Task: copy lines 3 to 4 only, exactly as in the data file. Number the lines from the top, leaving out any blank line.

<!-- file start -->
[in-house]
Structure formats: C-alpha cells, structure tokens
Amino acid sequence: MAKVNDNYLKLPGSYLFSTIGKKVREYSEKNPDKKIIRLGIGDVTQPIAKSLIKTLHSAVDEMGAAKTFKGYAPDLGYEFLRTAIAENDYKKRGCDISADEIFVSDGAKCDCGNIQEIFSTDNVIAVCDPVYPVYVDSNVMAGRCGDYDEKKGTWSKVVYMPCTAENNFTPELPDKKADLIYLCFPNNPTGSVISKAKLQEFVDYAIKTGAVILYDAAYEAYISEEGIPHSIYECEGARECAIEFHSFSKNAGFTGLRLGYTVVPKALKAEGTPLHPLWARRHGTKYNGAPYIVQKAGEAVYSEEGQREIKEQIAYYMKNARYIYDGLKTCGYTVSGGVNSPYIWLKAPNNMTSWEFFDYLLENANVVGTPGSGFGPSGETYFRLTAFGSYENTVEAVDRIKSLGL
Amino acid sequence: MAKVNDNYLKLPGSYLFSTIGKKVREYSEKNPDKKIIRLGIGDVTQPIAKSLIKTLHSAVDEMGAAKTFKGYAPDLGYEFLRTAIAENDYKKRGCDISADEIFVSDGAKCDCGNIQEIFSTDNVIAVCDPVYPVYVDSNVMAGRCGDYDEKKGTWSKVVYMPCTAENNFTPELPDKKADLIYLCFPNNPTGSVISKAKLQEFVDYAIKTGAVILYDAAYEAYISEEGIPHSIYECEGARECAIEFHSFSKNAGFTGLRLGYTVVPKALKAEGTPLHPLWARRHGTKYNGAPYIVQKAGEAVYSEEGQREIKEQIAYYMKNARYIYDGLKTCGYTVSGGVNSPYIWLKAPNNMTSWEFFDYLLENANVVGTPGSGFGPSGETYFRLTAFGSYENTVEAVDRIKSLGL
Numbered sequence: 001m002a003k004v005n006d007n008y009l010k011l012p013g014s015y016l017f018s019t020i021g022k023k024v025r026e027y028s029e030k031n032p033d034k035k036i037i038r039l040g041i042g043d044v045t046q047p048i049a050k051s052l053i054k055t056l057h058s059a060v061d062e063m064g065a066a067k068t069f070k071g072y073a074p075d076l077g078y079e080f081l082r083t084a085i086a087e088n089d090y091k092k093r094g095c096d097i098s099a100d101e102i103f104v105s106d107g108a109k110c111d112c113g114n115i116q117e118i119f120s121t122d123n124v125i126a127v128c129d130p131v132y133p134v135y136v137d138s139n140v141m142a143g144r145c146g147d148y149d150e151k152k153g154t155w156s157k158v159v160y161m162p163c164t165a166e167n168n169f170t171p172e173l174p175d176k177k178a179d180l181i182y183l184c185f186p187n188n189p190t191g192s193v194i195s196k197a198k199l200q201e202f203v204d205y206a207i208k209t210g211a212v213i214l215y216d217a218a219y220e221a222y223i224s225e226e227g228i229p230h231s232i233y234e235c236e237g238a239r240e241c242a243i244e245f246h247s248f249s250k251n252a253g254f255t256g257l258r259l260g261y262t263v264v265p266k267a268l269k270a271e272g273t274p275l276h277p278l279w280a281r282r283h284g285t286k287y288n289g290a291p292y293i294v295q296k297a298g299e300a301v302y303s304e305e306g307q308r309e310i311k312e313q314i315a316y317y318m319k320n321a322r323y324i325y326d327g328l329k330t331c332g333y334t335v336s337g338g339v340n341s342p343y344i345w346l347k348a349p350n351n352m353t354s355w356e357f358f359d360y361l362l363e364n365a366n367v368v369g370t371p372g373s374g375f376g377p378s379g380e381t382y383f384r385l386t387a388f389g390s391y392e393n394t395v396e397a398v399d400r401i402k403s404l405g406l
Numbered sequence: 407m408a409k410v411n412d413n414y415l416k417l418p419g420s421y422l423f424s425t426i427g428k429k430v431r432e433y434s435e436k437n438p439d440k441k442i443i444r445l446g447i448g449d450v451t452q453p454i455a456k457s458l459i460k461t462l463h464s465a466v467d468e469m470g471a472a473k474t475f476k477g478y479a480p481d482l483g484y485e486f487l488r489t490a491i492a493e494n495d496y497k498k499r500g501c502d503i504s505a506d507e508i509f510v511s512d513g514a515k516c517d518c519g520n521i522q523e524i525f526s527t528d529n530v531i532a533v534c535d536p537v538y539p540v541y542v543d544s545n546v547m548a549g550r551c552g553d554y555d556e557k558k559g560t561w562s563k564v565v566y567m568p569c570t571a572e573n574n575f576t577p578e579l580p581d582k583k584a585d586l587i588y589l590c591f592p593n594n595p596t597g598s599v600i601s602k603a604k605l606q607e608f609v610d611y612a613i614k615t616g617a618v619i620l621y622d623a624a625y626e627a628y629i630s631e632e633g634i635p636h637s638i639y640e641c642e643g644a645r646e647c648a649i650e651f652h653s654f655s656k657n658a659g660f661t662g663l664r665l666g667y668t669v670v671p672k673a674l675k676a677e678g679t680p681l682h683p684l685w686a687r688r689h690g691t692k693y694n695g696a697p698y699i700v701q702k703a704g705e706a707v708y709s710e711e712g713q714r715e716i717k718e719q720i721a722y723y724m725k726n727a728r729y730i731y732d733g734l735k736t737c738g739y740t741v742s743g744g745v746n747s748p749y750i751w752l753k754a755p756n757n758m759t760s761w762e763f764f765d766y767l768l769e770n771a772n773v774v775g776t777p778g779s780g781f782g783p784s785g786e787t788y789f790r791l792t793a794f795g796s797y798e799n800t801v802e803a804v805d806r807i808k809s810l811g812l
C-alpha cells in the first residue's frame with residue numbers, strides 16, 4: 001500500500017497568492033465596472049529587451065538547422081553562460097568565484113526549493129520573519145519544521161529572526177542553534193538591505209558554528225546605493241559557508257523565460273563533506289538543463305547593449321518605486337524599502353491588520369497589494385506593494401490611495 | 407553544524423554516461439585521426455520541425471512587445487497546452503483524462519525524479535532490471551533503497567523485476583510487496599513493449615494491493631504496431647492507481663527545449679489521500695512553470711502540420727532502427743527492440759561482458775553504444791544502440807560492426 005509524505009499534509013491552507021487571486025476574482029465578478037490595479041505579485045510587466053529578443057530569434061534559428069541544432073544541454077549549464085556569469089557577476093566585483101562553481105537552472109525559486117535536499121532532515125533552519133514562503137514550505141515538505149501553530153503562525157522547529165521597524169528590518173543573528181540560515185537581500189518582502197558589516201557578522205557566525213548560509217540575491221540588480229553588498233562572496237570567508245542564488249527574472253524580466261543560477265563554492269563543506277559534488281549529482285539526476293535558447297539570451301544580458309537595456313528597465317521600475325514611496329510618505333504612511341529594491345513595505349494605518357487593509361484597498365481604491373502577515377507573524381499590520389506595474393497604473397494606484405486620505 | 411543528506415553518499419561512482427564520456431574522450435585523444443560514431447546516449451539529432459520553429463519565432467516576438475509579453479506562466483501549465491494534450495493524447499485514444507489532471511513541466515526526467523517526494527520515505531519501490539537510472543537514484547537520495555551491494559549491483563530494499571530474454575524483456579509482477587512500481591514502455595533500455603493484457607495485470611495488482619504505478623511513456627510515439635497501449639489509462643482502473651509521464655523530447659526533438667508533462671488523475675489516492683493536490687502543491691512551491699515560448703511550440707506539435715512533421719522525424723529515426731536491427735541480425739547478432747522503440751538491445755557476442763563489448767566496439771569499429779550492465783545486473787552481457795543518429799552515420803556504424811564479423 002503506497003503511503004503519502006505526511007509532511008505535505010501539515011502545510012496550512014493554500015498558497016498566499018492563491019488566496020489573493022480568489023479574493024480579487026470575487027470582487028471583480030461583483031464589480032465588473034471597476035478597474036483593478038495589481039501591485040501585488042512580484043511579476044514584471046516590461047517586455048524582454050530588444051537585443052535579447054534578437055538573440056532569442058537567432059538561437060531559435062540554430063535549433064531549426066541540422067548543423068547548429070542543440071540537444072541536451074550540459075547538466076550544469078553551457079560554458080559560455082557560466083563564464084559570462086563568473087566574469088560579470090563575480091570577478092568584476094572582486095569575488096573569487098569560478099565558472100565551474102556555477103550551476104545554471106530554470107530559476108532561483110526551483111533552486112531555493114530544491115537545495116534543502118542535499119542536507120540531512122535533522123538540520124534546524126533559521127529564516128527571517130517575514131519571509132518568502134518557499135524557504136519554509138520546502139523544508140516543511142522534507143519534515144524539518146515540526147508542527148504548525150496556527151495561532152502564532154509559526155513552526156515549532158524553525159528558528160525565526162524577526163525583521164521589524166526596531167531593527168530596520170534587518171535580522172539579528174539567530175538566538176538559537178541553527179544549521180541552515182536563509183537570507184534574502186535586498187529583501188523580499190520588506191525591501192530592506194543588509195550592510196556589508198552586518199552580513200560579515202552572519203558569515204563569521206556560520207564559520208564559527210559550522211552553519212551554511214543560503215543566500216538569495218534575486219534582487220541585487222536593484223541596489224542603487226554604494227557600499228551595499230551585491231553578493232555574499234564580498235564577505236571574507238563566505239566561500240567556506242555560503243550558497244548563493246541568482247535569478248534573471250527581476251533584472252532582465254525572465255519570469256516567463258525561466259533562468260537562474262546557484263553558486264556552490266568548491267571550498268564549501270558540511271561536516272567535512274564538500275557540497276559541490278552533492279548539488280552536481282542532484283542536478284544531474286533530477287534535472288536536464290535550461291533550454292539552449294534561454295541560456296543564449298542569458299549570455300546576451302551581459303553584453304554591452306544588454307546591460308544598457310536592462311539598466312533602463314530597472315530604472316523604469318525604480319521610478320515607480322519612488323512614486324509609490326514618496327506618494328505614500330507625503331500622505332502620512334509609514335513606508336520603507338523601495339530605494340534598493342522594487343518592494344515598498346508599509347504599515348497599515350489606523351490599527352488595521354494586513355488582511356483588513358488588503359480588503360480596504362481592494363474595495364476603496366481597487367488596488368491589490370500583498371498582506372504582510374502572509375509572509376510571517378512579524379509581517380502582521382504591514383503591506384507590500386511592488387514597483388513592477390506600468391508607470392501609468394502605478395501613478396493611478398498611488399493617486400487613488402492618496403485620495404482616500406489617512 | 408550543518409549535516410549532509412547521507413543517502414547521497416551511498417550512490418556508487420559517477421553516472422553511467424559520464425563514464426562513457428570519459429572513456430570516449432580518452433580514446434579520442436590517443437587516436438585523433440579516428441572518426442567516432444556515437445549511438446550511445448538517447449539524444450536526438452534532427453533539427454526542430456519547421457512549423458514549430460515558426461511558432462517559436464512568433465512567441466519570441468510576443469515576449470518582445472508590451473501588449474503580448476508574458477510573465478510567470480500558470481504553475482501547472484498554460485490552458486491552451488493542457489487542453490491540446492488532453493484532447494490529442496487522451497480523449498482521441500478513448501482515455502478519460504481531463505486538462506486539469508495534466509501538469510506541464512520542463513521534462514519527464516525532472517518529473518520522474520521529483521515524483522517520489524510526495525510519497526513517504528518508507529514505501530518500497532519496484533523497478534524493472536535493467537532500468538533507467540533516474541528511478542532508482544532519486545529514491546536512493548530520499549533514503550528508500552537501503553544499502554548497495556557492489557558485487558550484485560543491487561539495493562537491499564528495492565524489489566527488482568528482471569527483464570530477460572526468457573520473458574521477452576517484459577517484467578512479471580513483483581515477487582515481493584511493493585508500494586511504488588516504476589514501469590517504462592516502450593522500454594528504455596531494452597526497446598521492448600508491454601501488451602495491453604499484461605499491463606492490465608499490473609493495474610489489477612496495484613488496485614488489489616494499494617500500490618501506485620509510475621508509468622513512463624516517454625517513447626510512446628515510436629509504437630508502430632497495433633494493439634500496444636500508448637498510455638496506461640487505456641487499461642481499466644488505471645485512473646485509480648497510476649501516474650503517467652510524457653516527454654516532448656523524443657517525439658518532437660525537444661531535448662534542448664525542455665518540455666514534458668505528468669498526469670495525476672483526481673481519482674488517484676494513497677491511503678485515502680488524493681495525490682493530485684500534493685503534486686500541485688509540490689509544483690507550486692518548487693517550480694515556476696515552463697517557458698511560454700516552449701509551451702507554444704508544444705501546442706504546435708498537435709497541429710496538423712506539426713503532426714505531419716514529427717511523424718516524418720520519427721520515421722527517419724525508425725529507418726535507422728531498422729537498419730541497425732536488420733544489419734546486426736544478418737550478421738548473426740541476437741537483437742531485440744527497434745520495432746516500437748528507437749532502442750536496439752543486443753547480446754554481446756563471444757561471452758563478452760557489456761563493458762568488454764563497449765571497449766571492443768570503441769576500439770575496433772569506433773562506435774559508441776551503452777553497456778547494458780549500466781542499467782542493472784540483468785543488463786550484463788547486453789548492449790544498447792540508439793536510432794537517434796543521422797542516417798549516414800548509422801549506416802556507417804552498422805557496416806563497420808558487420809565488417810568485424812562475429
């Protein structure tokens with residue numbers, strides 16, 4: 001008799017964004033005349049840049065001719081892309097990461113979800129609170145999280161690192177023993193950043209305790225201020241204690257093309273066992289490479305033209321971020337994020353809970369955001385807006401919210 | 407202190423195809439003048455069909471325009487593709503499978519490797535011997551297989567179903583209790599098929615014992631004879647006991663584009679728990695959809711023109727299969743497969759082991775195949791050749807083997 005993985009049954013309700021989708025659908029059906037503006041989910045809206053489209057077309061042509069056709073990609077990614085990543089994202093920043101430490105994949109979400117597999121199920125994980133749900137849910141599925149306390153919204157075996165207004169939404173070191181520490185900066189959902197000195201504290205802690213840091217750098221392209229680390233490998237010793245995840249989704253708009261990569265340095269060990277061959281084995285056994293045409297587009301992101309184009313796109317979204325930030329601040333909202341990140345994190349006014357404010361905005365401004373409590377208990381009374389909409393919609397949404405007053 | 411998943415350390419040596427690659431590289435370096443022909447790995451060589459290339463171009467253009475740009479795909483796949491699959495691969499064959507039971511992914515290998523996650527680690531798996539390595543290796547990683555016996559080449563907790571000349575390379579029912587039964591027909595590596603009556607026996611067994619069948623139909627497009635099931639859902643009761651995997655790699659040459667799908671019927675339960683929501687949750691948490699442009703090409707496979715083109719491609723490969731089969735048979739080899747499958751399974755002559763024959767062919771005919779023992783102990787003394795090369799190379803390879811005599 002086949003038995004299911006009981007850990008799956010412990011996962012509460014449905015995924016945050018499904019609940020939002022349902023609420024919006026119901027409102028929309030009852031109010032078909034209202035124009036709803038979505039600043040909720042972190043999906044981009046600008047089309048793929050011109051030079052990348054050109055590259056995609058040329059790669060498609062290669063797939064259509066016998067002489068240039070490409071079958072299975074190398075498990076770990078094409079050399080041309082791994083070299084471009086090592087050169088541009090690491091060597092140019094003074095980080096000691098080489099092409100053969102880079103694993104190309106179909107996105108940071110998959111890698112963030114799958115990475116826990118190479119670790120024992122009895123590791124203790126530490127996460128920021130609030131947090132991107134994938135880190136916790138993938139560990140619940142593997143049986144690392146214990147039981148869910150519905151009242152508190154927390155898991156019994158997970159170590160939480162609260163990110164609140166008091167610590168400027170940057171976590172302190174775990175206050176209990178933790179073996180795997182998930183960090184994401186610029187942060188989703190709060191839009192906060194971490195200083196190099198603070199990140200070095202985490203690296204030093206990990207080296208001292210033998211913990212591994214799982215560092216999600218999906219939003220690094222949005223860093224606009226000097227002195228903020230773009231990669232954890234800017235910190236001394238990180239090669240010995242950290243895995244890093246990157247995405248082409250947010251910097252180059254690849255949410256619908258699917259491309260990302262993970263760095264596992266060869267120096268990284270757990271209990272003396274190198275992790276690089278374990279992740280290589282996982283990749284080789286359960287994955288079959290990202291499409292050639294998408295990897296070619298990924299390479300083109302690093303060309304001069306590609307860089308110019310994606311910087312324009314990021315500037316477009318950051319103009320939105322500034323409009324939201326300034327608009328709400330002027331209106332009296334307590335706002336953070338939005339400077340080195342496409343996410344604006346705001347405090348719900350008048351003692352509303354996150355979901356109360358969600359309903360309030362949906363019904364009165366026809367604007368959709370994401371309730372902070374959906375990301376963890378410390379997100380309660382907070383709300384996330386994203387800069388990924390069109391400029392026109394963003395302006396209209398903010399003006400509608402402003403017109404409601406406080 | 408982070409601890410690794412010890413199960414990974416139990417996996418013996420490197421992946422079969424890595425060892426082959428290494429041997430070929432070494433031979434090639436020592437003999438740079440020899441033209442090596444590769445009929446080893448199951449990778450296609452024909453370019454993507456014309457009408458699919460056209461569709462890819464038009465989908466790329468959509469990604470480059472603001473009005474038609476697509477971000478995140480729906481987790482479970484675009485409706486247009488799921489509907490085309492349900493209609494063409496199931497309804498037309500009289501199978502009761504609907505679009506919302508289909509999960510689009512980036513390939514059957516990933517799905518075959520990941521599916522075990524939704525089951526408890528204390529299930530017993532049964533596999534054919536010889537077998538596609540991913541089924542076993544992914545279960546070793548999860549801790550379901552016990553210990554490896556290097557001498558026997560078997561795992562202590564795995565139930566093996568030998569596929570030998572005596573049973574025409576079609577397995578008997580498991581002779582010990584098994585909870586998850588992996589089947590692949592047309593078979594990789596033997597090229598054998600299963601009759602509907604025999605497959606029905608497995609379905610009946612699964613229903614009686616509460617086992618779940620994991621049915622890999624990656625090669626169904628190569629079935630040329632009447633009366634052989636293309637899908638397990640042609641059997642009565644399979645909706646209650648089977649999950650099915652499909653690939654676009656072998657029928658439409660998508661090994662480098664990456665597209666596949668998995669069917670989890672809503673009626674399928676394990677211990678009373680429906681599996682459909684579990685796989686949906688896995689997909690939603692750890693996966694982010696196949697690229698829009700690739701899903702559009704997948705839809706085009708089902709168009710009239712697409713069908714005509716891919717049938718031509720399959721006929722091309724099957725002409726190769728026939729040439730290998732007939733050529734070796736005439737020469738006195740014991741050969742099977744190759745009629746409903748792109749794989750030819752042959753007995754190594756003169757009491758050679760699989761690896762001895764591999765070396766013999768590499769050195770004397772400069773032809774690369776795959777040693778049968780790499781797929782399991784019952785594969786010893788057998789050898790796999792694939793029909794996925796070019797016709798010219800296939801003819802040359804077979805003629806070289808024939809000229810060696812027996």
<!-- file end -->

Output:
Amino acid sequence: MAKVNDNYLKLPGSYLFSTIGKKVREYSEKNPDKKIIRLGIGDVTQPIAKSLIKTLHSAVDEMGAAKTFKGYAPDLGYEFLRTAIAENDYKKRGCDISADEIFVSDGAKCDCGNIQEIFSTDNVIAVCDPVYPVYVDSNVMAGRCGDYDEKKGTWSKVVYMPCTAENNFTPELPDKKADLIYLCFPNNPTGSVISKAKLQEFVDYAIKTGAVILYDAAYEAYISEEGIPHSIYECEGARECAIEFHSFSKNAGFTGLRLGYTVVPKALKAEGTPLHPLWARRHGTKYNGAPYIVQKAGEAVYSEEGQREIKEQIAYYMKNARYIYDGLKTCGYTVSGGVNSPYIWLKAPNNMTSWEFFDYLLENANVVGTPGSGFGPSGETYFRLTAFGSYENTVEAVDRIKSLGL
Amino acid sequence: MAKVNDNYLKLPGSYLFSTIGKKVREYSEKNPDKKIIRLGIGDVTQPIAKSLIKTLHSAVDEMGAAKTFKGYAPDLGYEFLRTAIAENDYKKRGCDISADEIFVSDGAKCDCGNIQEIFSTDNVIAVCDPVYPVYVDSNVMAGRCGDYDEKKGTWSKVVYMPCTAENNFTPELPDKKADLIYLCFPNNPTGSVISKAKLQEFVDYAIKTGAVILYDAAYEAYISEEGIPHSIYECEGARECAIEFHSFSKNAGFTGLRLGYTVVPKALKAEGTPLHPLWARRHGTKYNGAPYIVQKAGEAVYSEEGQREIKEQIAYYMKNARYIYDGLKTCGYTVSGGVNSPYIWLKAPNNMTSWEFFDYLLENANVVGTPGSGFGPSGETYFRLTAFGSYENTVEAVDRIKSLGL